John Dryden is buried in 'Poets' Corner' Westminster Abbey, London.
(See map...ref no. 10). He was buried
near to Chaucer.
After the death of William D'Avenant, Dryden became the first
official Poet Laureate.
However, following the Glorious Revolution of 1688 (when William and Mary
succeeded to the throne) Dryden, who had become a catholic, lost his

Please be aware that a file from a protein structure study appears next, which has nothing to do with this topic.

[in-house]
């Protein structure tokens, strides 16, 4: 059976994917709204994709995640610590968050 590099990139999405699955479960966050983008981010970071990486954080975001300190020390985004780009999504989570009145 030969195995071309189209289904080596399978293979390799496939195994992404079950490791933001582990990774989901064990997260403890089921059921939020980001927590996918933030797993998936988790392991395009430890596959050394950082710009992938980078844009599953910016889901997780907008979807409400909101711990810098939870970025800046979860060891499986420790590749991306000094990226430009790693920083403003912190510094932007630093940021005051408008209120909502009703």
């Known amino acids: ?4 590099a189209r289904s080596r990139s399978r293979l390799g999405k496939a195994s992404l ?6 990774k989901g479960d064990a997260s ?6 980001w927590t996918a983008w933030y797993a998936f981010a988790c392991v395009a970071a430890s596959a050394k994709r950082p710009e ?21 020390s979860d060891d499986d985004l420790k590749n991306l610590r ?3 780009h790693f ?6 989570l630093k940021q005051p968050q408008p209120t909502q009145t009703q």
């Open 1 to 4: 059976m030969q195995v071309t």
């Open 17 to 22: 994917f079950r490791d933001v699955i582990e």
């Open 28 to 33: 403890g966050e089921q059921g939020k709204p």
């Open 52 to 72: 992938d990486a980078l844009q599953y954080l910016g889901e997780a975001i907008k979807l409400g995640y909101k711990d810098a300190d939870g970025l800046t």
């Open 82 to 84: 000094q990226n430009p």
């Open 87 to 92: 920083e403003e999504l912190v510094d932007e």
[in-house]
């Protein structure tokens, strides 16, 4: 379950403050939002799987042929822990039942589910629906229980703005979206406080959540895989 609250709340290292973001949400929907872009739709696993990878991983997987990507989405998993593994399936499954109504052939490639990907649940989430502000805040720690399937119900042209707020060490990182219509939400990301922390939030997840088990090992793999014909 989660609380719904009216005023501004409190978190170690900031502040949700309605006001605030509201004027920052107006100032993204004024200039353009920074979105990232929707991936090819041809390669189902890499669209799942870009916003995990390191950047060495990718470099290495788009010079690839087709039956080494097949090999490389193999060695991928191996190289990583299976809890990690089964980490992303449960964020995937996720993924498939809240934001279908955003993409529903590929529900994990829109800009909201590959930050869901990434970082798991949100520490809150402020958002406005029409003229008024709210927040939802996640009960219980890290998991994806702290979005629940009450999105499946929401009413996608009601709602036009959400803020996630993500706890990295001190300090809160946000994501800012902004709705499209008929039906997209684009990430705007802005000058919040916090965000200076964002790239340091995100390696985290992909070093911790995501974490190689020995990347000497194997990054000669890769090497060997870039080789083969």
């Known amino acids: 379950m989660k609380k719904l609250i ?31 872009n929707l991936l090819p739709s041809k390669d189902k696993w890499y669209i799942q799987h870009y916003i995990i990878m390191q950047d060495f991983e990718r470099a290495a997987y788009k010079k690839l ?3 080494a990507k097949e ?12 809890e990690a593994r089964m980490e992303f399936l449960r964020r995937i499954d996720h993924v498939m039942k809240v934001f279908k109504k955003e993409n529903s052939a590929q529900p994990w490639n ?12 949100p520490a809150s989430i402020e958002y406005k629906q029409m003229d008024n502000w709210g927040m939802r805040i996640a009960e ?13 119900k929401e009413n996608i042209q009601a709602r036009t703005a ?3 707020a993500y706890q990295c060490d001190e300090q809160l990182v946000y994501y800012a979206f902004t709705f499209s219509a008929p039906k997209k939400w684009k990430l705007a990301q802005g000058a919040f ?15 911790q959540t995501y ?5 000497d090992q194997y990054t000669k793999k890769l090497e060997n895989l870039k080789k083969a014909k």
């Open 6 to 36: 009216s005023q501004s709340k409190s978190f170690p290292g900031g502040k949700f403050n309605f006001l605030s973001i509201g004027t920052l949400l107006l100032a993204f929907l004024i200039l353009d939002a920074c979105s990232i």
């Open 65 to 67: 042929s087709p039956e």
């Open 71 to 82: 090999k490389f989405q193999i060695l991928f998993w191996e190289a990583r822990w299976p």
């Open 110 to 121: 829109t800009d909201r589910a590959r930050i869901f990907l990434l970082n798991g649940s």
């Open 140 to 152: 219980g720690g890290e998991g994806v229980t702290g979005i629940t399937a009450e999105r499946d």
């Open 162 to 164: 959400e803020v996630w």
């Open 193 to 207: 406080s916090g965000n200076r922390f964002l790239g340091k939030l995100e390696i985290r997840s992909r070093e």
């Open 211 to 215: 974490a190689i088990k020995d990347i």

position as Poet Laureate to his arch enemy Thomas Shadwell. Dryden satirised
Shadwell in his poem MacFlecknoe - referring to him as the heir to the
kingdom of poetic dullness. (MacFlecknoe was almost certainly a
major inspiration for Alexander Pope's
Dryden was one of the leading neo-classical (Augustan) poets - along
with Swift, Addison and Pope. In an attempt to
move away from the work of the Elizabethan poets they drew inspiration
from roman poets such as Ovid, Horace and Juvenal.
Photograph by Mike